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Discussion Starter · #14 ·
Remember this is the "Say nice things about your HS Band Director Thread!!!"

We can start another " I hate my HS Band Director Thread!!!" BUT

THIS IS THE NICE ONE

:flower: :flower: :flower:
 

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Gene Steinbach. RIP. Gene was a fine jazz and classical pianist. He is one of two musicians I knew as a teenager whose influence inspired me to become a working musician. His day gig was as HS band director at Mt Vernon HS, Alexandria, VA. He encouraged me to join the concert band, gave me a few informal piano lessons, supported our dance band, and allowed after-school jam sessions in the band room.
 

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One of my school band directors, Al Demkowicz, was a great help when I started playing again years after high school. Among other things, he gave me the home number of the great player/tech that works on my horns.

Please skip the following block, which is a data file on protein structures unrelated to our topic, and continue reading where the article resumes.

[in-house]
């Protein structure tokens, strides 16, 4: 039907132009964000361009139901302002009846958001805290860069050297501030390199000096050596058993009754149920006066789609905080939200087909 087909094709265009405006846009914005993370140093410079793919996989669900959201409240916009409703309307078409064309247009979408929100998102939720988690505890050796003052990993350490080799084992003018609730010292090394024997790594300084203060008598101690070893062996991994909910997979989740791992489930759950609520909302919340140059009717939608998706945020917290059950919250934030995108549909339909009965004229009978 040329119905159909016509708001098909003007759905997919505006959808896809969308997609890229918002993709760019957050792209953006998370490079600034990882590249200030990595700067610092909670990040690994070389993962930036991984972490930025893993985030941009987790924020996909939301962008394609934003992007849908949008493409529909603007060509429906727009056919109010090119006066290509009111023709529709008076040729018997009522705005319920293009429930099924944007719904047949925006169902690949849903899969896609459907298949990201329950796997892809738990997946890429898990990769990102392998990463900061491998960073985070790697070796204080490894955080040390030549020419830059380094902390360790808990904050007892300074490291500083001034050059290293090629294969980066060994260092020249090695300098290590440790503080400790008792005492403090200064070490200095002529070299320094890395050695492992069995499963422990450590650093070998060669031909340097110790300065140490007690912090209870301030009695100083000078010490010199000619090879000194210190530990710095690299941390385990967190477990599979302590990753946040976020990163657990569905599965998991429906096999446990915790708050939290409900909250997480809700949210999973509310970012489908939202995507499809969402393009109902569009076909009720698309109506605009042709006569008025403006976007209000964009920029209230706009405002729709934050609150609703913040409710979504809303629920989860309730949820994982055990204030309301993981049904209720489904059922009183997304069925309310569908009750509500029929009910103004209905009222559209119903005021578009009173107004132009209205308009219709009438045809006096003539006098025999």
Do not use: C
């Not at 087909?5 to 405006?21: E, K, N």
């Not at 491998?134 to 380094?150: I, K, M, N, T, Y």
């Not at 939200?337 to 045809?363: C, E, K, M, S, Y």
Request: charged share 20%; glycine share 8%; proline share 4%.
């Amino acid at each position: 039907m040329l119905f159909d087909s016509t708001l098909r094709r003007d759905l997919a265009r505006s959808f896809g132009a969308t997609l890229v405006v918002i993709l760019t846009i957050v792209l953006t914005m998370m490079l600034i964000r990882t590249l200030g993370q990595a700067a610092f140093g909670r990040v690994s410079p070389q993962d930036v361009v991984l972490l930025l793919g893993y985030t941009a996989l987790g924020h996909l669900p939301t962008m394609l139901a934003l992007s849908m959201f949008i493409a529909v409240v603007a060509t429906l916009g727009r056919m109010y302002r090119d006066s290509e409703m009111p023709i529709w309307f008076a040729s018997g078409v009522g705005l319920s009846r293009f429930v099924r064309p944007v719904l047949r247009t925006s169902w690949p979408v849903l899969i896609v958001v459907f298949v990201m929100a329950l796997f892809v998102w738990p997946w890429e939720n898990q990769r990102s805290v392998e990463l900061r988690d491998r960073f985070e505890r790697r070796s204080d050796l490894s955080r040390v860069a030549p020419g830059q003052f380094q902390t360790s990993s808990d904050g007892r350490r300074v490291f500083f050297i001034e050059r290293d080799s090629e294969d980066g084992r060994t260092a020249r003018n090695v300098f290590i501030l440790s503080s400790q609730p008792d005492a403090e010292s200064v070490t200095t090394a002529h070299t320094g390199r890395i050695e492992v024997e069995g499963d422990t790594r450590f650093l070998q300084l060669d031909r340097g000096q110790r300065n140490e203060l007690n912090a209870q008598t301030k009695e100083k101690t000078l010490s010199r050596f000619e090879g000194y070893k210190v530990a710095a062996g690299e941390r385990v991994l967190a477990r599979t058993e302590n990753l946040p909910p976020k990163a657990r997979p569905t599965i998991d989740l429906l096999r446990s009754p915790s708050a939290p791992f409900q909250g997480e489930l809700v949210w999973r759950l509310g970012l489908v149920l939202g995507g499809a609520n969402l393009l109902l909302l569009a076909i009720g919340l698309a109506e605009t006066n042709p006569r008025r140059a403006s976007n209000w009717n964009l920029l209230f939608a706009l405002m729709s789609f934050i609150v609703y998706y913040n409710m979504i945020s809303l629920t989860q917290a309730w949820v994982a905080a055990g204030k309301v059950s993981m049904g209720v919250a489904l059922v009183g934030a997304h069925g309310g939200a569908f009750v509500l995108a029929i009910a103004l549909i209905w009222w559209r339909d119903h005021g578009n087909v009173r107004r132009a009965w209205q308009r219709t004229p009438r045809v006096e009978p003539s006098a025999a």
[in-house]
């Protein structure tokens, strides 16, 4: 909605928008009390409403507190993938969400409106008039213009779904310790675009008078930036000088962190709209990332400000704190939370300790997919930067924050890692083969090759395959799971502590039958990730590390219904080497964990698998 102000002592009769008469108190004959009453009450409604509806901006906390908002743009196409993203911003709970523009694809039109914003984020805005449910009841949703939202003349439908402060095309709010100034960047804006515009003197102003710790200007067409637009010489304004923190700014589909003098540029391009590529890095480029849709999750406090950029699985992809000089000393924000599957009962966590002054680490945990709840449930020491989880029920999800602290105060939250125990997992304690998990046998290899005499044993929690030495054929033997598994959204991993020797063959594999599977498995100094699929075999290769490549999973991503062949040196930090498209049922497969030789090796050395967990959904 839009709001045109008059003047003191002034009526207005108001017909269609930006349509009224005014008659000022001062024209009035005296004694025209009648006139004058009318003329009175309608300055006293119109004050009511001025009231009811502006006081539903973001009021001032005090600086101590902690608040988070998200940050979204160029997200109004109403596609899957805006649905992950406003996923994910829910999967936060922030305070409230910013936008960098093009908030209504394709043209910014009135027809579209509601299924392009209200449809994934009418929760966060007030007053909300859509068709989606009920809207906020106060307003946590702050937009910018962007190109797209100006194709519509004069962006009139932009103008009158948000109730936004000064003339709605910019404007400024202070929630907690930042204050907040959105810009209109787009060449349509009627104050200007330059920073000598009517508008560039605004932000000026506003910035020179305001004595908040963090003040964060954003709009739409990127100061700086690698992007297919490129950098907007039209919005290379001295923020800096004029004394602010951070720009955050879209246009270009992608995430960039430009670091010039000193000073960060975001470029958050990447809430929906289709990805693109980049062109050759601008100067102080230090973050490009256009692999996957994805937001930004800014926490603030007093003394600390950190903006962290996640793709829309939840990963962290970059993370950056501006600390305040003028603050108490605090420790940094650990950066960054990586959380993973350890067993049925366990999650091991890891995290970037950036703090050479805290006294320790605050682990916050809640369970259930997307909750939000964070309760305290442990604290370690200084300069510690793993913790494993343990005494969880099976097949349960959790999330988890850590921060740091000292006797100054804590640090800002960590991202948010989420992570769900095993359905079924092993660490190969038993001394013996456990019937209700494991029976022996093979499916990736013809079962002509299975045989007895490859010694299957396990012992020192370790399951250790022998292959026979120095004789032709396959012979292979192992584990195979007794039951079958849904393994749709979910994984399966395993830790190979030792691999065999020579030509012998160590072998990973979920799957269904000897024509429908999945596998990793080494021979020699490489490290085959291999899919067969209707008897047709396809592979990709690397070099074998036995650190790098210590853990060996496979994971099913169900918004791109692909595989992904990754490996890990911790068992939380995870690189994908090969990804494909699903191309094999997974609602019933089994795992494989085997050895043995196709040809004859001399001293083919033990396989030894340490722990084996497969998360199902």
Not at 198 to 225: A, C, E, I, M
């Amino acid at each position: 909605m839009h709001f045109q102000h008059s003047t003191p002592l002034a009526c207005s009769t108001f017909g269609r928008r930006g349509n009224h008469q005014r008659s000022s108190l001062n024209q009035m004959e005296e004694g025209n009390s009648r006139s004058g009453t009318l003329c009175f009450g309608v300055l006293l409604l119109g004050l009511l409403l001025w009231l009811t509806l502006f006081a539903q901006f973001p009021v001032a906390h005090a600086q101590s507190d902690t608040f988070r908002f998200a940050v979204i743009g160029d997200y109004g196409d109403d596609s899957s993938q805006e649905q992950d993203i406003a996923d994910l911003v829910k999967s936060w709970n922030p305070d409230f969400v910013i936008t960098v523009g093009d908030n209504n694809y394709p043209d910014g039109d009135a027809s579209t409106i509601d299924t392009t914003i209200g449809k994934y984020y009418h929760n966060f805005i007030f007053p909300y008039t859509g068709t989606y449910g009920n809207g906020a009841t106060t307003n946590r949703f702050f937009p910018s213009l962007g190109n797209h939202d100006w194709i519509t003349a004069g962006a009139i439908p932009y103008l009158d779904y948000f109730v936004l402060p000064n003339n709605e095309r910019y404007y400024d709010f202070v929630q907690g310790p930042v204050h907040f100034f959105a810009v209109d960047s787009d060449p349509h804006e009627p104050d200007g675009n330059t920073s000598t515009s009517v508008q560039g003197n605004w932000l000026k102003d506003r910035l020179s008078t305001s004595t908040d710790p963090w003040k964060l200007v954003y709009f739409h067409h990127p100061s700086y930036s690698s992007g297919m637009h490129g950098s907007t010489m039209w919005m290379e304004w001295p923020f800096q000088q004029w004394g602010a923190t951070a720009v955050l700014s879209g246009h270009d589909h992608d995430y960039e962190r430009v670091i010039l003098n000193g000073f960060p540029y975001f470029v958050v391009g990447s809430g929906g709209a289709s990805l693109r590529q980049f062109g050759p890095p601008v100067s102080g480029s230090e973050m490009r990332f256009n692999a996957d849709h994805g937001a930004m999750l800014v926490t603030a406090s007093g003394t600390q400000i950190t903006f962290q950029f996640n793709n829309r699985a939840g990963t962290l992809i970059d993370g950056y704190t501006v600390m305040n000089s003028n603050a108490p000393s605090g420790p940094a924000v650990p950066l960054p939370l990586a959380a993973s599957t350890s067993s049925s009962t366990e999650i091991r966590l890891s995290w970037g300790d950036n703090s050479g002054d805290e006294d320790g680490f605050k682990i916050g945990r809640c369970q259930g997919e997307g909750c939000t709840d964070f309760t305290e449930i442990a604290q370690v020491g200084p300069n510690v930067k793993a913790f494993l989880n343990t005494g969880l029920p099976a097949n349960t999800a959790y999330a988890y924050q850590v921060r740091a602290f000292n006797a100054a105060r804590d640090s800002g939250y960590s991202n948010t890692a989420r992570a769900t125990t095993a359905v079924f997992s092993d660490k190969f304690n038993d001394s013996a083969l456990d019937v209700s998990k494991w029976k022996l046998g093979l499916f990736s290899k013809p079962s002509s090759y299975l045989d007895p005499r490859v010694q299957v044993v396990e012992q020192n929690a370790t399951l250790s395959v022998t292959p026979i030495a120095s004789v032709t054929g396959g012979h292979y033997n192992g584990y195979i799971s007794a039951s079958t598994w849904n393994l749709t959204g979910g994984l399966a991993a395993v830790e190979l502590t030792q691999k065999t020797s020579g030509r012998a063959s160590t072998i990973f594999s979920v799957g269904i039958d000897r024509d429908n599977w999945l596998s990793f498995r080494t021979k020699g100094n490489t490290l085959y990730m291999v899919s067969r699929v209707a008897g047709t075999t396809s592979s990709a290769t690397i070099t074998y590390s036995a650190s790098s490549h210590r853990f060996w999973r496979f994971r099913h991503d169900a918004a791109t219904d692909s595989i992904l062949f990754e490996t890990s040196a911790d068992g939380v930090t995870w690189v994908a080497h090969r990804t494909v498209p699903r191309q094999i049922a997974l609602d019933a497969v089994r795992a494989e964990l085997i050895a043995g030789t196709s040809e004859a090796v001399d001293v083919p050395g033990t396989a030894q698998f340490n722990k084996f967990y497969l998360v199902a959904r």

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Hello.

For me, a tip of the hat to Larry Thornton, who taught everything--marching band, jazz and concert band--at William S. Hart High School in Newhall, Calif. for better than 20 years (my guess) beginning in the 1970s. All of his bands were excellent, but I think he took particular joy in the jazz band.

He drilled us on swing until it was ingrained. He coaxed, cajoled and harangued us on improvisation (even once causing me to cry over a befuddled chorus on Sammy Nestico's "Front Burner"). He dragged us to festivals and other performances all over Southern California--including Disneyland where we "opened" for Bill Watrous and Maynard Ferguson!

His students include a number of players of the pop band Big Bad Voodoo Daddy, as well as arranger and trumpeter George Stone, who's fairly well-known here on the West Coast. I think by now the high school's new auditorium (replacing a 1940s edifice damaged beyond repair during the 1993 Northridge earthquake) has been renamed to honor him.

Regards,